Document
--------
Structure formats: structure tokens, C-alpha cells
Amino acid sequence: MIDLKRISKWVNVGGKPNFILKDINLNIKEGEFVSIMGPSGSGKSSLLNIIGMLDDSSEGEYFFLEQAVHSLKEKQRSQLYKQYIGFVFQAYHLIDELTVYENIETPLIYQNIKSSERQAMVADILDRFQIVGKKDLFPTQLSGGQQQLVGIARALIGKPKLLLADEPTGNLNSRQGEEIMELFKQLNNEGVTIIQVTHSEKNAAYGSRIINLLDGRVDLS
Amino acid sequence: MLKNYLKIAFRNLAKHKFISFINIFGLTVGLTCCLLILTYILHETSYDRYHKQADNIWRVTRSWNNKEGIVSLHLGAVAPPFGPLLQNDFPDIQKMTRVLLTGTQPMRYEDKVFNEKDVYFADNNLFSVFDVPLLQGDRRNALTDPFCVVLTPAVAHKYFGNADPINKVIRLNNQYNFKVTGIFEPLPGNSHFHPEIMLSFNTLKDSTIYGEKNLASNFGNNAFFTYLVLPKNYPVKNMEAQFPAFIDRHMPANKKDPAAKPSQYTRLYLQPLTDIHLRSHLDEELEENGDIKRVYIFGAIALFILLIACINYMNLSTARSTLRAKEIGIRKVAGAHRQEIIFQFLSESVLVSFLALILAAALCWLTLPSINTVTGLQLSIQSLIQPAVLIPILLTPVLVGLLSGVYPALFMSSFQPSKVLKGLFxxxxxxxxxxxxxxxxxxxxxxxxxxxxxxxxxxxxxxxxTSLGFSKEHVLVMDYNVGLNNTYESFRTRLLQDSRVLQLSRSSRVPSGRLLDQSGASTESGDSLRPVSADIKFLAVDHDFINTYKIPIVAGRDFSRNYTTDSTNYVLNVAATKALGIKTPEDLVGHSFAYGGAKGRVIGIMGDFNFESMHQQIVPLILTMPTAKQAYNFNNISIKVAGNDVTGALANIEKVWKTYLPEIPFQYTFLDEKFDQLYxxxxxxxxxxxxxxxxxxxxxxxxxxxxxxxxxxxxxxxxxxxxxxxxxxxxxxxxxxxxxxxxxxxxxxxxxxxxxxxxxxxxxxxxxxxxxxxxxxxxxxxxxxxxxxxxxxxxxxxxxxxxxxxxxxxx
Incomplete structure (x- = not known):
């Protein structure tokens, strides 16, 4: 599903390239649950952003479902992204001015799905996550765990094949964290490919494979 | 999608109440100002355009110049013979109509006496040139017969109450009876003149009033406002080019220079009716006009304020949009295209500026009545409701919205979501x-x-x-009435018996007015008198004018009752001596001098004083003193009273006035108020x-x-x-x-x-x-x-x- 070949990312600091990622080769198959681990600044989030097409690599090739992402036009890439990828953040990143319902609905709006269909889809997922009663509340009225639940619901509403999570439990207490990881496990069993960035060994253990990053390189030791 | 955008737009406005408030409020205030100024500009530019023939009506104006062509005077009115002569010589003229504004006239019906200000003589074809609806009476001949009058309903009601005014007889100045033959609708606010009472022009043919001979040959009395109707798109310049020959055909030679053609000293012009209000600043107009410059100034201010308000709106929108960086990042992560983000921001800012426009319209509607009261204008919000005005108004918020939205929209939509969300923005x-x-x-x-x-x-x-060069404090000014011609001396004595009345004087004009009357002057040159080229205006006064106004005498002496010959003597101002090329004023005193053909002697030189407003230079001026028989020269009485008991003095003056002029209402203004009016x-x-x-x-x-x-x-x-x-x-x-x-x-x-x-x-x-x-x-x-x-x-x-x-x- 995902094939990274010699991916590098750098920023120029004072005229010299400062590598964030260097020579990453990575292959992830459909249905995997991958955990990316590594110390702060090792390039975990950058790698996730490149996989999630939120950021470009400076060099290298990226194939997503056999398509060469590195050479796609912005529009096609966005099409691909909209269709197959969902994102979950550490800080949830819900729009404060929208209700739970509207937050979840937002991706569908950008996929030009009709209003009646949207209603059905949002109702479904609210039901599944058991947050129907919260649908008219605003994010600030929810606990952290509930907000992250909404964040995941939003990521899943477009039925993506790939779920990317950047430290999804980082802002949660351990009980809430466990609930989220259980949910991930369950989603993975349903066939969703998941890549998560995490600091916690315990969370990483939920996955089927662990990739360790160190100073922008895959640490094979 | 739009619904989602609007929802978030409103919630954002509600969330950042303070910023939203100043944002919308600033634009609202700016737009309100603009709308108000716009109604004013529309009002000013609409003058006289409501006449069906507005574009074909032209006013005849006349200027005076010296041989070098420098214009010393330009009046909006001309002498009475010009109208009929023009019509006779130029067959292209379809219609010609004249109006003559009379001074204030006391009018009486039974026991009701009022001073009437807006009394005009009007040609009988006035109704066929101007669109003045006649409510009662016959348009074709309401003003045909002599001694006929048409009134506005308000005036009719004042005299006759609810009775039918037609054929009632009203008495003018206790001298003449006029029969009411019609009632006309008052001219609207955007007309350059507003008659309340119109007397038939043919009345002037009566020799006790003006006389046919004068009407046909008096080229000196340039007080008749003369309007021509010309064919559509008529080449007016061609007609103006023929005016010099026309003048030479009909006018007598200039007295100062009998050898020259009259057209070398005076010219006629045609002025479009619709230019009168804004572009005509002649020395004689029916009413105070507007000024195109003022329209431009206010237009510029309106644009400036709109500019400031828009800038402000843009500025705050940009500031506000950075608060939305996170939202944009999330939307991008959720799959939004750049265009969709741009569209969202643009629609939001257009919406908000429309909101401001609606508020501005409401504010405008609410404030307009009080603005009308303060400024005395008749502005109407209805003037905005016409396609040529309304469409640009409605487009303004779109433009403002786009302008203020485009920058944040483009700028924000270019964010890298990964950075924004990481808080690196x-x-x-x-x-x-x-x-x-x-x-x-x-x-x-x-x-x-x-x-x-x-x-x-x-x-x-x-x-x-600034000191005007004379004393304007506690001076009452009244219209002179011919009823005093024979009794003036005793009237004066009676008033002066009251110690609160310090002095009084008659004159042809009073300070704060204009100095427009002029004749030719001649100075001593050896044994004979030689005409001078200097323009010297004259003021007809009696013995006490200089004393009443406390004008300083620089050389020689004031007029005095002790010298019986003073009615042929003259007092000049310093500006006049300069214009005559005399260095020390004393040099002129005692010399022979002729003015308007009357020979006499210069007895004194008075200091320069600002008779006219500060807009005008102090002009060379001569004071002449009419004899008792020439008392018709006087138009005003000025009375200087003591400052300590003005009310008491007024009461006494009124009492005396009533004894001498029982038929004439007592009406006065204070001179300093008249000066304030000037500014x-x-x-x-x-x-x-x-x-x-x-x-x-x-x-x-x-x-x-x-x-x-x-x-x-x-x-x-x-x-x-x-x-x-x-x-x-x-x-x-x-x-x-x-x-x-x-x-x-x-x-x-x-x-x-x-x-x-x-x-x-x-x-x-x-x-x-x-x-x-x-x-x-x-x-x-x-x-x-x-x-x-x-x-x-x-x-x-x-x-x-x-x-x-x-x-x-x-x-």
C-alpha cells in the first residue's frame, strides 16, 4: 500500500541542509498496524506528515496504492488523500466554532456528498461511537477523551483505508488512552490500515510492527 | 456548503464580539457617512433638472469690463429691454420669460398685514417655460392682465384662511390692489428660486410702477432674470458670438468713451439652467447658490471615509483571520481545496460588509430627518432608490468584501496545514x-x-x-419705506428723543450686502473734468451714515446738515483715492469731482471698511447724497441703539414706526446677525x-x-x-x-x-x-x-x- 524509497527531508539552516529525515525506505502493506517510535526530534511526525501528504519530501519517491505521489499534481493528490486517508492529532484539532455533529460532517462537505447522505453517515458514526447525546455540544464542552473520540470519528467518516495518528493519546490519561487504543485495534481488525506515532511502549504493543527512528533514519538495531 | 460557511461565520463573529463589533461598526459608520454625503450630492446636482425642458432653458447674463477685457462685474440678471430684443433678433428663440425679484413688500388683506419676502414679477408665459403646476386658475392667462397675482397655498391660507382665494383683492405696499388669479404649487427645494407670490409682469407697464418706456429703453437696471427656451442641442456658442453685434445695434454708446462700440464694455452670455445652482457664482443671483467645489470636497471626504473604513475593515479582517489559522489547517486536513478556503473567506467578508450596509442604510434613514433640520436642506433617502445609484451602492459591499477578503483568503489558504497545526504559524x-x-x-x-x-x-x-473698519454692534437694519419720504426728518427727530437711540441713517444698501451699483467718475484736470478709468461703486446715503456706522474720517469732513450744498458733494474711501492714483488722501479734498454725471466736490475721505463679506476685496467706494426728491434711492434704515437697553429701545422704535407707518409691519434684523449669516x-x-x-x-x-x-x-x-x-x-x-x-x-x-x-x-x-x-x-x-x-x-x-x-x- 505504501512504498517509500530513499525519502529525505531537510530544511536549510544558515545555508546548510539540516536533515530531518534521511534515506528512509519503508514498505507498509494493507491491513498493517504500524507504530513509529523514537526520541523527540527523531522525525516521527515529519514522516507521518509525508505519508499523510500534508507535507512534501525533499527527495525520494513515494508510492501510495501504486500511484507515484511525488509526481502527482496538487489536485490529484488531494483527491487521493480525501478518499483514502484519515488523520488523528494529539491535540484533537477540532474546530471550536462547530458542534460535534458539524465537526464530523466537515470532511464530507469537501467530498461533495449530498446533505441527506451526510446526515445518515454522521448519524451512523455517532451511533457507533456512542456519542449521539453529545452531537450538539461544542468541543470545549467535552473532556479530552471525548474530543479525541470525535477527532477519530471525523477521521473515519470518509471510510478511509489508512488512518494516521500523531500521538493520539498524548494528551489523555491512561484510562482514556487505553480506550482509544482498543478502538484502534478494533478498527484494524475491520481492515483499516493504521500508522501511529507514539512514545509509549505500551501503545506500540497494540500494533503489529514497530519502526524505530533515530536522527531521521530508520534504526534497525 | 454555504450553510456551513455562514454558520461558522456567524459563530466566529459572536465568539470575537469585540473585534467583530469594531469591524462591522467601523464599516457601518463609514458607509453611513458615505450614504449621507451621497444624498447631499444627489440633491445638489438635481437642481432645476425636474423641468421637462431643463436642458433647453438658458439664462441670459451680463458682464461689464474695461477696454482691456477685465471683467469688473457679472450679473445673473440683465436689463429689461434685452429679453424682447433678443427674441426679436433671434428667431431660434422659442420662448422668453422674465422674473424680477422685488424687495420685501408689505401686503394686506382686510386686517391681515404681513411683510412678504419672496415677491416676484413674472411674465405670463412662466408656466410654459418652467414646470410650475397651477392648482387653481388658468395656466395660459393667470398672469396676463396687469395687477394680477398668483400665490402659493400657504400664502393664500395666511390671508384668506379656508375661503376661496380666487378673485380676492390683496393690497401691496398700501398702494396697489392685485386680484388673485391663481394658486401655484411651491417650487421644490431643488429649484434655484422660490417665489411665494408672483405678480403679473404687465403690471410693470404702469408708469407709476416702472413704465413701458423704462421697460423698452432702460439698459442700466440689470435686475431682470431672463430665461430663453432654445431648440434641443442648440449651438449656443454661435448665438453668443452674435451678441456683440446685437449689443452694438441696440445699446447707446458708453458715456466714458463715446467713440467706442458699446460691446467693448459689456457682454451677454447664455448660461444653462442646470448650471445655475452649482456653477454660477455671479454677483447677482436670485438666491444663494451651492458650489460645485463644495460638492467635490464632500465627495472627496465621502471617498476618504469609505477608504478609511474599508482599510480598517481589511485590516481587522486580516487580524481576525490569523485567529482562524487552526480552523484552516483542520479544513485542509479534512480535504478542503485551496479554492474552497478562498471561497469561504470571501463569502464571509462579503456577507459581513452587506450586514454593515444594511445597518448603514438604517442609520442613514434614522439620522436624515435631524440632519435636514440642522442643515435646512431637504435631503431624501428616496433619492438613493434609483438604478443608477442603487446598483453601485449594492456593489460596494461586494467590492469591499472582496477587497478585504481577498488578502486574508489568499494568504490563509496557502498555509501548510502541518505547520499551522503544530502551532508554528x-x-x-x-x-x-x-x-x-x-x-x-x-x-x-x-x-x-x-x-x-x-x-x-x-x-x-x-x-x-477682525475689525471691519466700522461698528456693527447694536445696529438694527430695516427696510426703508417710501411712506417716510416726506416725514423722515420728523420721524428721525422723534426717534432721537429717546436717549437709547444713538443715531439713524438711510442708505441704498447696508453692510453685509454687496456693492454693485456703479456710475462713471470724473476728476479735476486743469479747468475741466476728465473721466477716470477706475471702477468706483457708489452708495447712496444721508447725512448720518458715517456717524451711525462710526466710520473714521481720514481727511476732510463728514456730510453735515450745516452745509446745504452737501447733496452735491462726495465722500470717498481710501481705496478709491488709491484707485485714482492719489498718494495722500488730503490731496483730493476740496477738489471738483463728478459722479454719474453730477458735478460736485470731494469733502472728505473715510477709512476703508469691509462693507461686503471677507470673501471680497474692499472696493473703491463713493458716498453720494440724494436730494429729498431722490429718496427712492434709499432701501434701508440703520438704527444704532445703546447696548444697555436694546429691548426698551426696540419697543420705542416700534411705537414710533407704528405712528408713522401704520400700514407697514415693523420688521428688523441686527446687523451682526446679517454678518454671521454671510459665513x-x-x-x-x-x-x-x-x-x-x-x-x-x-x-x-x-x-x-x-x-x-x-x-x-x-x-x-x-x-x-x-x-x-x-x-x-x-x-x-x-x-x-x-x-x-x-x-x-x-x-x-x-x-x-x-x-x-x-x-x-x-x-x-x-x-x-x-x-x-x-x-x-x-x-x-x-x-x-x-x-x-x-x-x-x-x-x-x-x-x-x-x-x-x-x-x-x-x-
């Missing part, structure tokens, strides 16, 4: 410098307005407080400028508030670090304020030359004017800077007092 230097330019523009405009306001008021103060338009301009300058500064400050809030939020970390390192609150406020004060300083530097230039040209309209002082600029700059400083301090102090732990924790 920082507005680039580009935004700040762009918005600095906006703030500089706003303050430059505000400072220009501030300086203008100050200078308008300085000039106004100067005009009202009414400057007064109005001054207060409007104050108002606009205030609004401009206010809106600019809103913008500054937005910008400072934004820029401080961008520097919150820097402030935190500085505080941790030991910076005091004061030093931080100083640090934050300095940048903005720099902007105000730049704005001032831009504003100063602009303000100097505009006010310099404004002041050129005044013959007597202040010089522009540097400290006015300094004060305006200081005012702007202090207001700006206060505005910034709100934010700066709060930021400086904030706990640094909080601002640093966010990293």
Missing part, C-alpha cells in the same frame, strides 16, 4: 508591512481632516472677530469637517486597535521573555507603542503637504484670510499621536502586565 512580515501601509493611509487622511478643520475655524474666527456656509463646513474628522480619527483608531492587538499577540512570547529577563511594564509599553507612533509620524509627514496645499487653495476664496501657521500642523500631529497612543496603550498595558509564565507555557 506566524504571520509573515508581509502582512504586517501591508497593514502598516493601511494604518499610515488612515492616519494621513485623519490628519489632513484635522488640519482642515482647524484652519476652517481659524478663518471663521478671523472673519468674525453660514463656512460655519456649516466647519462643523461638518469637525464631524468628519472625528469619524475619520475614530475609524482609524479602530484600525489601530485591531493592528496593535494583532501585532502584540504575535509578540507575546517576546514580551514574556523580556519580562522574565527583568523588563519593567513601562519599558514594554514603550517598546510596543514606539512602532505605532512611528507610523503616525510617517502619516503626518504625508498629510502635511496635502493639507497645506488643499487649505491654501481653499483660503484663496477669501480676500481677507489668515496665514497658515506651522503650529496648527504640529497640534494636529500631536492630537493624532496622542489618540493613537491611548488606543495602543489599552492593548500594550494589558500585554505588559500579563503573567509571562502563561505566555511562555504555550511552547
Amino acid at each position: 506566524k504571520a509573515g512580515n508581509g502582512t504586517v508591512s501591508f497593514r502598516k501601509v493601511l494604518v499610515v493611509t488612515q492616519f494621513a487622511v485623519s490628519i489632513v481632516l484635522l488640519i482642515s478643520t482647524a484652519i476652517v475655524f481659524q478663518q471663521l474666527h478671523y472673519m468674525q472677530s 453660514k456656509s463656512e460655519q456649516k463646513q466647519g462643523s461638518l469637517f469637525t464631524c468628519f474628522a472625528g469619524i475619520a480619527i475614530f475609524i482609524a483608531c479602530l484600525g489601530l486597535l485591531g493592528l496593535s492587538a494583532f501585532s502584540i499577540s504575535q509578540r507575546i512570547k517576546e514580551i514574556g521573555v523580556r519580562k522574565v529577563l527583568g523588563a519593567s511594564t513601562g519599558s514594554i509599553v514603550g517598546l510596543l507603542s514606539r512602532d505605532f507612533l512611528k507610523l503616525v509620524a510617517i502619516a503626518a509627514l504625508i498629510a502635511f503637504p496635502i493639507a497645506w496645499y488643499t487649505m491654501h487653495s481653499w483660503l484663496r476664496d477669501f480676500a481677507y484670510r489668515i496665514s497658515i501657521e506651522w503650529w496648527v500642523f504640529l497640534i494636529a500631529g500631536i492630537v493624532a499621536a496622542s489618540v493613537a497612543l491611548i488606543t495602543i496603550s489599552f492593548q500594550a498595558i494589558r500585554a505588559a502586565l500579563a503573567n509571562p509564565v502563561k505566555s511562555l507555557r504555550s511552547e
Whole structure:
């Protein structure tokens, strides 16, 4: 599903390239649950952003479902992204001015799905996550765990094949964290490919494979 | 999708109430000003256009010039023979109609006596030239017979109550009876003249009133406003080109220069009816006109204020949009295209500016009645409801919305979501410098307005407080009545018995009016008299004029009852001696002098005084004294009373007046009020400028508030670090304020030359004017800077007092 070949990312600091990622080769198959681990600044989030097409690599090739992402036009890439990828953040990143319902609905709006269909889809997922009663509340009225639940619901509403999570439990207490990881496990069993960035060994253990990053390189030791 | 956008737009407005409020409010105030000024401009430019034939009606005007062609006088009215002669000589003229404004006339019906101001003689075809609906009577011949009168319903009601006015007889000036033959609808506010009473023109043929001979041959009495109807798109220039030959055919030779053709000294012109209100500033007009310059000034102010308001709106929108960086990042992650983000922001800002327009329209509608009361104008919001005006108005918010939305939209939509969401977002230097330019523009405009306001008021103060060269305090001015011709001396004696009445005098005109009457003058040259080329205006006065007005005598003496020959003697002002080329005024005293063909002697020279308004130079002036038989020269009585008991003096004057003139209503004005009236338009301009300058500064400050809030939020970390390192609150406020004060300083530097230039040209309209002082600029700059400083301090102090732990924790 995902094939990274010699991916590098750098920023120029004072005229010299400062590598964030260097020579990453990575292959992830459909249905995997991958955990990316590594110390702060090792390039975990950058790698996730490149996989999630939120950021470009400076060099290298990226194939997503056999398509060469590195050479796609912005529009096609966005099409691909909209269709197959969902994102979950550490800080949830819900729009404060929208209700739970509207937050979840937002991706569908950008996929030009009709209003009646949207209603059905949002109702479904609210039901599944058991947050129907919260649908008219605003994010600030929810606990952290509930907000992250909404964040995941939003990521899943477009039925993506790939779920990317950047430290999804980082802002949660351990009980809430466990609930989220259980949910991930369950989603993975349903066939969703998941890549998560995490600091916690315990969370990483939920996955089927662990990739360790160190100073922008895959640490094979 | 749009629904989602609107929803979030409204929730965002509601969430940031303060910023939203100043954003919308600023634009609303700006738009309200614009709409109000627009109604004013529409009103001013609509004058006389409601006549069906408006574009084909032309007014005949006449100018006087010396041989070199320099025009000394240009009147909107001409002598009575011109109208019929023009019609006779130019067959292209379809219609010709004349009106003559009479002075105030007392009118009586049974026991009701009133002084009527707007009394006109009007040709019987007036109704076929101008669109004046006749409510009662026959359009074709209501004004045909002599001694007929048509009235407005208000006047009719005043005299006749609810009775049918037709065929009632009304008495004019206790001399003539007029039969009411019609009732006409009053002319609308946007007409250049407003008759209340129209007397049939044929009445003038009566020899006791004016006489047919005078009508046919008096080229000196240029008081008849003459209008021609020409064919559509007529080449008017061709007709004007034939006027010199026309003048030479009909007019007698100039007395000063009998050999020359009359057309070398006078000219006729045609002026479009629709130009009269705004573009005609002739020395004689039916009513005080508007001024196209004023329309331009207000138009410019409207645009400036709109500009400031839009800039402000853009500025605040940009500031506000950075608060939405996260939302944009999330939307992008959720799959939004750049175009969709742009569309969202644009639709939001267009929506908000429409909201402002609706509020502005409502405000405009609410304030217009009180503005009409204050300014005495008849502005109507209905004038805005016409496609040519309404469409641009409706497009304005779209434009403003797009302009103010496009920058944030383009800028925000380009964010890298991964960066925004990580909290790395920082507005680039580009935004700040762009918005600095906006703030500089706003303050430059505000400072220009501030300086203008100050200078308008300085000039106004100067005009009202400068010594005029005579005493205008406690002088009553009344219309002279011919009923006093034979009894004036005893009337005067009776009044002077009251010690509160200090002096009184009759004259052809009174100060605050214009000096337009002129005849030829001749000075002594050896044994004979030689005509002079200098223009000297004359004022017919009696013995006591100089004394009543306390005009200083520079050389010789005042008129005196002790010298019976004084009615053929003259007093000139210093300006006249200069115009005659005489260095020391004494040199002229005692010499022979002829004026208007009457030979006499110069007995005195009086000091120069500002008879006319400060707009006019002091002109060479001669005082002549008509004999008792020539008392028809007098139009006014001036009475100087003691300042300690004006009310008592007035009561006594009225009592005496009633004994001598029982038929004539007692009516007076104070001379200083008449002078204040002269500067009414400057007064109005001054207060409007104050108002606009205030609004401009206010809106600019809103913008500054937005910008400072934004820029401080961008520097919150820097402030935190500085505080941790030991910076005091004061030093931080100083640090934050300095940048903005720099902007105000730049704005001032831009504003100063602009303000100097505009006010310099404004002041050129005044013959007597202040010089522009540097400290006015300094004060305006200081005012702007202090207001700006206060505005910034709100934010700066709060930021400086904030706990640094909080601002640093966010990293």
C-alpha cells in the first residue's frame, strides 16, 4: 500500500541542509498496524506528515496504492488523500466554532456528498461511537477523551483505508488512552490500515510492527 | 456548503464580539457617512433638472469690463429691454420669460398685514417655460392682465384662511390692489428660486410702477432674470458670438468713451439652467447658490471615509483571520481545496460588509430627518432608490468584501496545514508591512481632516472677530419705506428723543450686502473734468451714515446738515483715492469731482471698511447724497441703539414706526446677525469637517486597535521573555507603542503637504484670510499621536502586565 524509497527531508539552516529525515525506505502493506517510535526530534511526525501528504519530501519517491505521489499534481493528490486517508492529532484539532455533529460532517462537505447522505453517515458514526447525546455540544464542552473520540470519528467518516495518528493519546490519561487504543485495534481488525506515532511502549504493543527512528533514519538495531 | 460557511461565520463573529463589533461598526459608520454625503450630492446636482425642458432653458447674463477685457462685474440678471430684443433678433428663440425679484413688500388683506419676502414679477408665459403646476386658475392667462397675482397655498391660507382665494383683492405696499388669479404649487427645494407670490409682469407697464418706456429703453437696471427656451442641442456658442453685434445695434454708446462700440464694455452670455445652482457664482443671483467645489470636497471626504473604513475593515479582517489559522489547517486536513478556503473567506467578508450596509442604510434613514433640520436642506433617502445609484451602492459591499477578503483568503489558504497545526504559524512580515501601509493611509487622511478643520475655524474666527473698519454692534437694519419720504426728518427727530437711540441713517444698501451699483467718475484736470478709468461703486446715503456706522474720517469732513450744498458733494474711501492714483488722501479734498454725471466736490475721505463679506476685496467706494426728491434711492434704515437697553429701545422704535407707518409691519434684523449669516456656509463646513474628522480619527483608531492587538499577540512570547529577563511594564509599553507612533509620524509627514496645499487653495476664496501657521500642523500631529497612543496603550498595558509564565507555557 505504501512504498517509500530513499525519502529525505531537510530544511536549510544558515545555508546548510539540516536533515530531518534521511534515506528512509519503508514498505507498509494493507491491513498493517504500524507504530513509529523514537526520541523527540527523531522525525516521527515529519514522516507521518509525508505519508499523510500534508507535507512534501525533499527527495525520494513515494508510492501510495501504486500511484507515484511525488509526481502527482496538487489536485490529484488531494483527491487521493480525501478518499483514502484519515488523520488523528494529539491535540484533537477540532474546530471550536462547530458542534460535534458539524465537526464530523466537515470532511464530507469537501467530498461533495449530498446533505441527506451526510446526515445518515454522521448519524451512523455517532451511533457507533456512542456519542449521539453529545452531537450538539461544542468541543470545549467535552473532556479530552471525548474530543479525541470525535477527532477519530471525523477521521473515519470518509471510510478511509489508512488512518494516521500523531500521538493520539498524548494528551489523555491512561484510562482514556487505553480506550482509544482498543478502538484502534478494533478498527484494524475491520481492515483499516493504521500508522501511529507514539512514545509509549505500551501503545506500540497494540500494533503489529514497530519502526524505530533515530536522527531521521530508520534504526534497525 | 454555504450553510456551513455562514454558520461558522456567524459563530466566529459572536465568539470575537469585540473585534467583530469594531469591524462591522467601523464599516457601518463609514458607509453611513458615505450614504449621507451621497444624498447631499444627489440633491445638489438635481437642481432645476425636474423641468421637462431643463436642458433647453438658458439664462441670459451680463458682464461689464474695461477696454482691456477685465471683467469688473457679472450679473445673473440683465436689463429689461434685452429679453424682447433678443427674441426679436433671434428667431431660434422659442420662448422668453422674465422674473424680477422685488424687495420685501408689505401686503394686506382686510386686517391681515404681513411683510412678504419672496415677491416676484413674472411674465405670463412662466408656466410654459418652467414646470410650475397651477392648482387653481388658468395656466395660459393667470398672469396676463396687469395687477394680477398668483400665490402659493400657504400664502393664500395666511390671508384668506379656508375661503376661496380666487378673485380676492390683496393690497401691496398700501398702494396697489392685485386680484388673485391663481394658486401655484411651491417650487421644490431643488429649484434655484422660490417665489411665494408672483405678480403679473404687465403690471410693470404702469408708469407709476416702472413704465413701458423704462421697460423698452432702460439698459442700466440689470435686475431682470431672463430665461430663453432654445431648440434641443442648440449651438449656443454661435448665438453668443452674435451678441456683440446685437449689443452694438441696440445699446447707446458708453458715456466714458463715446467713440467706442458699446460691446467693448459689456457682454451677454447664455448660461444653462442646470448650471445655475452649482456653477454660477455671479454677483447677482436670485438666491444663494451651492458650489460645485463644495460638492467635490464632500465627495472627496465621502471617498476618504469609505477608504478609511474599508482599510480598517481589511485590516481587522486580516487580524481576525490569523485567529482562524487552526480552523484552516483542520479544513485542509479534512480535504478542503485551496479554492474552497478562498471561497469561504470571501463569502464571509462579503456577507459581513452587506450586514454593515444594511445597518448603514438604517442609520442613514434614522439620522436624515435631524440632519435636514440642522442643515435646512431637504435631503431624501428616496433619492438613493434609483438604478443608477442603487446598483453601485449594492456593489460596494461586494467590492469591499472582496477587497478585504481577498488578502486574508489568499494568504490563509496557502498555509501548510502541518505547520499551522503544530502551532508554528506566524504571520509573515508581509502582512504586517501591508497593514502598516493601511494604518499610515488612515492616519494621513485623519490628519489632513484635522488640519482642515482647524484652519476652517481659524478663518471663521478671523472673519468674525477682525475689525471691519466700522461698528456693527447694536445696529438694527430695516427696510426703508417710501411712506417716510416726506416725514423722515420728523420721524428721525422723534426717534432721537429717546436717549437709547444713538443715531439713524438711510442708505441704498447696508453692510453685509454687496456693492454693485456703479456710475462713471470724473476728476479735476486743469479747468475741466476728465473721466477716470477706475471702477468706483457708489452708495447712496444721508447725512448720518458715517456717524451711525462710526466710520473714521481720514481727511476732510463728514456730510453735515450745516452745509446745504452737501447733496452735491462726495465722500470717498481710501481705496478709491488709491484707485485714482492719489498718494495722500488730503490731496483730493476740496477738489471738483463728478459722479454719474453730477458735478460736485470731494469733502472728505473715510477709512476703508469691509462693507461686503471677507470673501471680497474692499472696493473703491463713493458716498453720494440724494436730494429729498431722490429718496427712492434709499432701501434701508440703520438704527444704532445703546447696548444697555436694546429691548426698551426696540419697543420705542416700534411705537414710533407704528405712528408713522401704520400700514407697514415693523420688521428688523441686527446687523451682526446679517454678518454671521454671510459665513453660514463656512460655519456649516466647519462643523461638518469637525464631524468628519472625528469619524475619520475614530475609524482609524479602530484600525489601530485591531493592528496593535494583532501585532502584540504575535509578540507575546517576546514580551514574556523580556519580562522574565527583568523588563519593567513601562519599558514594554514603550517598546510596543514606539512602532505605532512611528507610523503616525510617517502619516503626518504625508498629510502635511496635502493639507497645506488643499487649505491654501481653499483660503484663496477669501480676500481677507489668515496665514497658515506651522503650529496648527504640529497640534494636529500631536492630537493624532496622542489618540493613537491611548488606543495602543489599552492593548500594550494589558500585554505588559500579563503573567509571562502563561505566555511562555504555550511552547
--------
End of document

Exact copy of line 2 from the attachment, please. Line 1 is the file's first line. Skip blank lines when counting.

Amino acid sequence: MIDLKRISKWVNVGGKPNFILKDINLNIKEGEFVSIMGPSGSGKSSLLNIIGMLDDSSEGEYFFLEQAVHSLKEKQRSQLYKQYIGFVFQAYHLIDELTVYENIETPLIYQNIKSSERQAMVADILDRFQIVGKKDLFPTQLSGGQQQLVGIARALIGKPKLLLADEPTGNLNSRQGEEIMELFKQLNNEGVTIIQVTHSEKNAAYGSRIINLLDGRVDLS